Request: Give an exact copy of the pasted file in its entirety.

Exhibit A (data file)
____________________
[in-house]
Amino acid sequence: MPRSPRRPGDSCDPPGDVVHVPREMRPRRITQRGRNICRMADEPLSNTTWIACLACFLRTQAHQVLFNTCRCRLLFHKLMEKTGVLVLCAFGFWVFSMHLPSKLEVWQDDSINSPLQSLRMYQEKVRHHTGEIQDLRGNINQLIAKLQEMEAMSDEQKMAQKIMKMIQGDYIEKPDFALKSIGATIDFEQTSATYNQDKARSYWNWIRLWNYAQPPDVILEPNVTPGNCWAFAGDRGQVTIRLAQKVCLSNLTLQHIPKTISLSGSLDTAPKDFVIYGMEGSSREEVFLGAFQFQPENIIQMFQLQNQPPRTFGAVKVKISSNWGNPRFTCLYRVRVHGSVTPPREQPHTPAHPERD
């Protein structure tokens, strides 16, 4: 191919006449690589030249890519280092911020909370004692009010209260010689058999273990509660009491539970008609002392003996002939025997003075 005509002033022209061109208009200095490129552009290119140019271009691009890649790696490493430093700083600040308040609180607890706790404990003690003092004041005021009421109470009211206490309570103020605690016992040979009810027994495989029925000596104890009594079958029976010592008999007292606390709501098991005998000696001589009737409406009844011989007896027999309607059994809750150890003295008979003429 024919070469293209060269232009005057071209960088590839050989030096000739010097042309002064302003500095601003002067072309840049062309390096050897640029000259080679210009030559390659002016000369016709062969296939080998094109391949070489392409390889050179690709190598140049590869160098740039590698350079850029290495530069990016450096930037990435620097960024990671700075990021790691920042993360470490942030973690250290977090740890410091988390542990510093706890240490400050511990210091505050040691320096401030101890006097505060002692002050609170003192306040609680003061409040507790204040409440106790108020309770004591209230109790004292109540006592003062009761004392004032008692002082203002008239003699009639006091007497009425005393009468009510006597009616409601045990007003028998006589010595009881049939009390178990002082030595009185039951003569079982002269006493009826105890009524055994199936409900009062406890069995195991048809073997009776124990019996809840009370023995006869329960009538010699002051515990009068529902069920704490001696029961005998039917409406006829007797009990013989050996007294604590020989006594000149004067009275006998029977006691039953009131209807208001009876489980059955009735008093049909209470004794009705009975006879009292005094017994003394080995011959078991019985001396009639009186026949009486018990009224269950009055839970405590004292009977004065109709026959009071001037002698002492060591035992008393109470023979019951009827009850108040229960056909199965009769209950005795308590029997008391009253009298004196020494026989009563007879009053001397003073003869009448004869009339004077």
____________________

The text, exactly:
[in-house]
Amino acid sequence: MPRSPRRPGDSCDPPGDVVHVPREMRPRRITQRGRNICRMADEPLSNTTWIACLACFLRTQAHQVLFNTCRCRLLFHKLMEKTGVLVLCAFGFWVFSMHLPSKLEVWQDDSINSPLQSLRMYQEKVRHHTGEIQDLRGNINQLIAKLQEMEAMSDEQKMAQKIMKMIQGDYIEKPDFALKSIGATIDFEQTSATYNQDKARSYWNWIRLWNYAQPPDVILEPNVTPGNCWAFAGDRGQVTIRLAQKVCLSNLTLQHIPKTISLSGSLDTAPKDFVIYGMEGSSREEVFLGAFQFQPENIIQMFQLQNQPPRTFGAVKVKISSNWGNPRFTCLYRVRVHGSVTPPREQPHTPAHPERD
């Protein structure tokens, strides 16, 4: 191919006449690589030249890519280092911020909370004692009010209260010689058999273990509660009491539970008609002392003996002939025997003075 005509002033022209061109208009200095490129552009290119140019271009691009890649790696490493430093700083600040308040609180607890706790404990003690003092004041005021009421109470009211206490309570103020605690016992040979009810027994495989029925000596104890009594079958029976010592008999007292606390709501098991005998000696001589009737409406009844011989007896027999309607059994809750150890003295008979003429 024919070469293209060269232009005057071209960088590839050989030096000739010097042309002064302003500095601003002067072309840049062309390096050897640029000259080679210009030559390659002016000369016709062969296939080998094109391949070489392409390889050179690709190598140049590869160098740039590698350079850029290495530069990016450096930037990435620097960024990671700075990021790691920042993360470490942030973690250290977090740890410091988390542990510093706890240490400050511990210091505050040691320096401030101890006097505060002692002050609170003192306040609680003061409040507790204040409440106790108020309770004591209230109790004292109540006592003062009761004392004032008692002082203002008239003699009639006091007497009425005393009468009510006597009616409601045990007003028998006589010595009881049939009390178990002082030595009185039951003569079982002269006493009826105890009524055994199936409900009062406890069995195991048809073997009776124990019996809840009370023995006869329960009538010699002051515990009068529902069920704490001696029961005998039917409406006829007797009990013989050996007294604590020989006594000149004067009275006998029977006691039953009131209807208001009876489980059955009735008093049909209470004794009705009975006879009292005094017994003394080995011959078991019985001396009639009186026949009486018990009224269950009055839970405590004292009977004065109709026959009071001037002698002492060591035992008393109470023979019951009827009850108040229960056909199965009769209950005795308590029997008391009253009298004196020494026989009563007879009053001397003073003869009448004869009339004077």